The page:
cover crops, dryland, forage, grazing, soil organic matter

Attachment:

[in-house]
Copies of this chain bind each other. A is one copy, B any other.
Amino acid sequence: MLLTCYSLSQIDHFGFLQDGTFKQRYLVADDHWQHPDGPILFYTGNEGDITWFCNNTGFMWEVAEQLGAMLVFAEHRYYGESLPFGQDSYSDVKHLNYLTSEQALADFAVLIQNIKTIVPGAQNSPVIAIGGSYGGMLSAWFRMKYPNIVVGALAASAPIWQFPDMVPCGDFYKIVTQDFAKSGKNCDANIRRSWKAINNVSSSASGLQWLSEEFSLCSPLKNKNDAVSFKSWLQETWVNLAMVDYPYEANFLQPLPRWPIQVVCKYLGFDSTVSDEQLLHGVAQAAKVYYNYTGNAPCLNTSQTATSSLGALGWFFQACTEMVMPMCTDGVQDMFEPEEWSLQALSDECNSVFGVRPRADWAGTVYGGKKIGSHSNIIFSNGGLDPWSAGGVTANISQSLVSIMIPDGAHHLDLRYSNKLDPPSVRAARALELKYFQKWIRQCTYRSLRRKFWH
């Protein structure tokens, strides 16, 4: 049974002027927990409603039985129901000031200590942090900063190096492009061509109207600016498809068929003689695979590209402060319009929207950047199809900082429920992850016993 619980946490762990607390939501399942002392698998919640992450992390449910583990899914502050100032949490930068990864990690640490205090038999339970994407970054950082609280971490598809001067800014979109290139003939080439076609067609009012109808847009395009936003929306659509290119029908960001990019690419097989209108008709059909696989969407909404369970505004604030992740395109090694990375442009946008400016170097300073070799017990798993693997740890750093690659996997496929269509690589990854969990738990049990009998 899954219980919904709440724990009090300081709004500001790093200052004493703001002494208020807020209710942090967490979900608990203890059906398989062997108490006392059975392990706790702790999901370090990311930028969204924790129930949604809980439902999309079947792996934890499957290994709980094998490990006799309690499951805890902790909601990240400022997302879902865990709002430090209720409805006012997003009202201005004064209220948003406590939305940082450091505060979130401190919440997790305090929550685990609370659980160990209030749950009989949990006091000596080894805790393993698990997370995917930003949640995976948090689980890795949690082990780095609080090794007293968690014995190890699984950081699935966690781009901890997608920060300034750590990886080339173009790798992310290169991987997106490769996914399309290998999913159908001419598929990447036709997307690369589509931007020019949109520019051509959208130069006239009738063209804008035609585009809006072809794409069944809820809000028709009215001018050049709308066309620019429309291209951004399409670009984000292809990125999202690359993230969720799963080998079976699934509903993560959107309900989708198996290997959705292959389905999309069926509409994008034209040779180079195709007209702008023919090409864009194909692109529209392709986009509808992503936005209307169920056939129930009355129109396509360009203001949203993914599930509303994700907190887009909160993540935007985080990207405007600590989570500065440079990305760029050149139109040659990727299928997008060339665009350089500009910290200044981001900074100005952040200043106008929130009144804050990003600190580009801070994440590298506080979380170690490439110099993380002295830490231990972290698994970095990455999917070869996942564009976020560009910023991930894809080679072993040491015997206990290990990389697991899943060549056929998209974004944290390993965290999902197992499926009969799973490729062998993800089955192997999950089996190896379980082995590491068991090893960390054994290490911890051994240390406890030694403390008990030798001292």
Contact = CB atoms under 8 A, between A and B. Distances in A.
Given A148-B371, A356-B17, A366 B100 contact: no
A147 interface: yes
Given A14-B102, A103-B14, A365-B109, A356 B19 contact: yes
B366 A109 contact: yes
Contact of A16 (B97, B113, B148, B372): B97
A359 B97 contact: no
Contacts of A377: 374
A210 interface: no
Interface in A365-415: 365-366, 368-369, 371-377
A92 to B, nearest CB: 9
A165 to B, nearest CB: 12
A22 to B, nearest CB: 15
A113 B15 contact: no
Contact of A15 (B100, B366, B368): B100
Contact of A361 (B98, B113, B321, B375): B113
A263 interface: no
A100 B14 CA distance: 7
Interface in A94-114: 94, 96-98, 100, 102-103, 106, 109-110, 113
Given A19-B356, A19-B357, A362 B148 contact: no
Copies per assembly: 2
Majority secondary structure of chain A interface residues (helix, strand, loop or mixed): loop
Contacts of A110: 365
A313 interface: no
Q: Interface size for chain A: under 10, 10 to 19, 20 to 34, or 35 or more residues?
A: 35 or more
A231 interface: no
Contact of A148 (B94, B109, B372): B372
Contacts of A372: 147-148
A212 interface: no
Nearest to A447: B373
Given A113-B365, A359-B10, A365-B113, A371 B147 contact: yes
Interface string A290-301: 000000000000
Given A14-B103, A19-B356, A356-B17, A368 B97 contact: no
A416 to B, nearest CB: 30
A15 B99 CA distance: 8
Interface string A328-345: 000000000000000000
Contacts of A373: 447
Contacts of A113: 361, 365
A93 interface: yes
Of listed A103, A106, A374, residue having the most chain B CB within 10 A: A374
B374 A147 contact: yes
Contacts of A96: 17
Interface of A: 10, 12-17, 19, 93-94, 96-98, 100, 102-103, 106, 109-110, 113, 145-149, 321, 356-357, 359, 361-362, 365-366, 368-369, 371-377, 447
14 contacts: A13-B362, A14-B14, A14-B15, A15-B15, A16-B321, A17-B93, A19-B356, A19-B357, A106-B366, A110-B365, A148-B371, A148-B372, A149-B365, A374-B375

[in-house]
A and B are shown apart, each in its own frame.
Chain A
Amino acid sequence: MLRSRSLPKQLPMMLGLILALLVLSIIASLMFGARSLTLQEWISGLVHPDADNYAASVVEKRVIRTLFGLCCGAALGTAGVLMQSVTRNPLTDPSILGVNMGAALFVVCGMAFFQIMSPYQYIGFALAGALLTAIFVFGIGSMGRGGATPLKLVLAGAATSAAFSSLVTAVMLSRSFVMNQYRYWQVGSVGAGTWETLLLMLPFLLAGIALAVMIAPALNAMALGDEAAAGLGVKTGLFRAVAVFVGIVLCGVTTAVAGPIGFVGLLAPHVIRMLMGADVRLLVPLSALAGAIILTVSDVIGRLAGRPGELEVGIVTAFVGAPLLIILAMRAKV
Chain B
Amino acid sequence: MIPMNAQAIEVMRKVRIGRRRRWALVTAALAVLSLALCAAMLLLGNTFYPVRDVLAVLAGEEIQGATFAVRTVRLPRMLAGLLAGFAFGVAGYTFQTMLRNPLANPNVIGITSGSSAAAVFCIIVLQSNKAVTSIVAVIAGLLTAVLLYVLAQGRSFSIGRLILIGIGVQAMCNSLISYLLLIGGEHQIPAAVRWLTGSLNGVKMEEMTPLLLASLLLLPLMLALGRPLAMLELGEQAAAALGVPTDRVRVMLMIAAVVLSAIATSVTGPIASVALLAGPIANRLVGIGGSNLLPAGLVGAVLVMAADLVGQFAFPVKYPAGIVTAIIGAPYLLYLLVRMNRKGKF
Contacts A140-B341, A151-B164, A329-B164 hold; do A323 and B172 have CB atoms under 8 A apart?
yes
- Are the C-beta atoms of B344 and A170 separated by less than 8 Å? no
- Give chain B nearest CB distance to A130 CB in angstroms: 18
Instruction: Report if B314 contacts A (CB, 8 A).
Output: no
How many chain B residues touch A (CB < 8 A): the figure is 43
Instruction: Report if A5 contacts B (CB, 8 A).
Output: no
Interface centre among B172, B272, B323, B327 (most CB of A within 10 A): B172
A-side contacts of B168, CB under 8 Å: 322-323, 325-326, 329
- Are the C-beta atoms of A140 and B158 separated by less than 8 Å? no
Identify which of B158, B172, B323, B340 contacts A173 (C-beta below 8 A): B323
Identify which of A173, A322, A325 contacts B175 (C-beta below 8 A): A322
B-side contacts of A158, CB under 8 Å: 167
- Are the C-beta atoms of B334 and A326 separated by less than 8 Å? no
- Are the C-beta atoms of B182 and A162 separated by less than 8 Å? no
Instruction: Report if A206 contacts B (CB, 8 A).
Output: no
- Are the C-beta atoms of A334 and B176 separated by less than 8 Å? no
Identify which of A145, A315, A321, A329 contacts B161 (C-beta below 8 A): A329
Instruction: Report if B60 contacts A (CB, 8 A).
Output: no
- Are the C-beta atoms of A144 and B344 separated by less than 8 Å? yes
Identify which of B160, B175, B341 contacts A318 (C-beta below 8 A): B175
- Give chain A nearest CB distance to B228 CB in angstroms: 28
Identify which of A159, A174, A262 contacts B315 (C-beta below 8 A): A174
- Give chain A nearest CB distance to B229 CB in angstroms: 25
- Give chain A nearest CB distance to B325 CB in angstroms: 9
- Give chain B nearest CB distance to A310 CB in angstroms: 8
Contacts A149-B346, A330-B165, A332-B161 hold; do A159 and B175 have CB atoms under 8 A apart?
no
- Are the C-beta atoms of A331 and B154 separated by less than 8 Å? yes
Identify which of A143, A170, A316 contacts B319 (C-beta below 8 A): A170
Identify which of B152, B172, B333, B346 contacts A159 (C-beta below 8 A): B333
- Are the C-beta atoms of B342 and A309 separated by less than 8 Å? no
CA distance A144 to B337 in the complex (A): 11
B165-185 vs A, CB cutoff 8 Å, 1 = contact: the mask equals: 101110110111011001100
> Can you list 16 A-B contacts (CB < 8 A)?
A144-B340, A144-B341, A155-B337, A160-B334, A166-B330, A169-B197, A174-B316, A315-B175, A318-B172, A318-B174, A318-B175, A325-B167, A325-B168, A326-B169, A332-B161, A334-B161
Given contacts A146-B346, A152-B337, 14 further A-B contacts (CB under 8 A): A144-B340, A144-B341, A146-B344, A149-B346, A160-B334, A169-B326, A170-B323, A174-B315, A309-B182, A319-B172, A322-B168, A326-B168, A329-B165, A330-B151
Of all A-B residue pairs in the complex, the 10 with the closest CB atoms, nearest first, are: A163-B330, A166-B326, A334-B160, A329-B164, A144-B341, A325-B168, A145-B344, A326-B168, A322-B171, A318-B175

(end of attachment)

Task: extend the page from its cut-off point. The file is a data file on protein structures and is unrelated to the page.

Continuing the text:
Integrating a cover crop (CC) into dryland crop production in the semiarid central Great Plains (CGP) can provide several ecosystem benefits. However, CC adoption is slow and not widely popular in the CGP because CCs utilize water that other­wise would be available for the subsequent cash crop. Grazing or haying CCs can provide economic benefits to offset revenue loss associated with decreased crop yields when CCs are grown ahead of a cash crop. Objectives of the current research were to 1) determine forage production of CC mixtures, and 2) evaluate the impacts of removing CCs for forage on subsequent crop yields and soil health. Cover crop treat­ments evaluated were a mixture of oat and triticale that were either grazed, hayed or left standing compared to chem-fallow. The study was conducted from 2015 to 2019 in a wheat-sorghum-fallow cropping system with all crop phases present in each block and year of the study. Results showed forage mass varied from year-to-year, ranging from 3145 lb/a in 2015 to 1655 lb/a in 2019, and was highly dependent on growing season precipitation and temperature. Forage crude protein, digestibility, and mineral concen­trations were greatest in years when CCs were sampled earlier in maturity. Average CC residue left post-grazing was 79% of forage mass available pre-grazing, and ranged from 60% in 2016 (no regrowth) to 123% in 2019 (more regrowth). Growing CCs ahead of wheat reduced winter wheat yield in 2 out of the 4 years compared to chem-fallow. Across years, winter wheat yield with chem-fallow was 51.9 bu/a compared to an average of 41.8 bu/a for the CC treatments. Cover crop treatments had no effect on grain sorghum yield. Sorghum grain yield ranged from 70.7 bu/a with CC hayed to 77.0 bu/a for the CC grazing treatment. Winter wheat or sorghum yields with haying or grazing a CC were similar to yields when CCs were left standing. Grazing CCs increased bulk density near the soil surface in 1 of the 4 years when bulk density was measured. Compared to fallow, growing a CC increased soil organic carbon (SOC) concentration measured within the top 2- to 6-inch soil depth, but not near the soil surface (0 to 2 inches).


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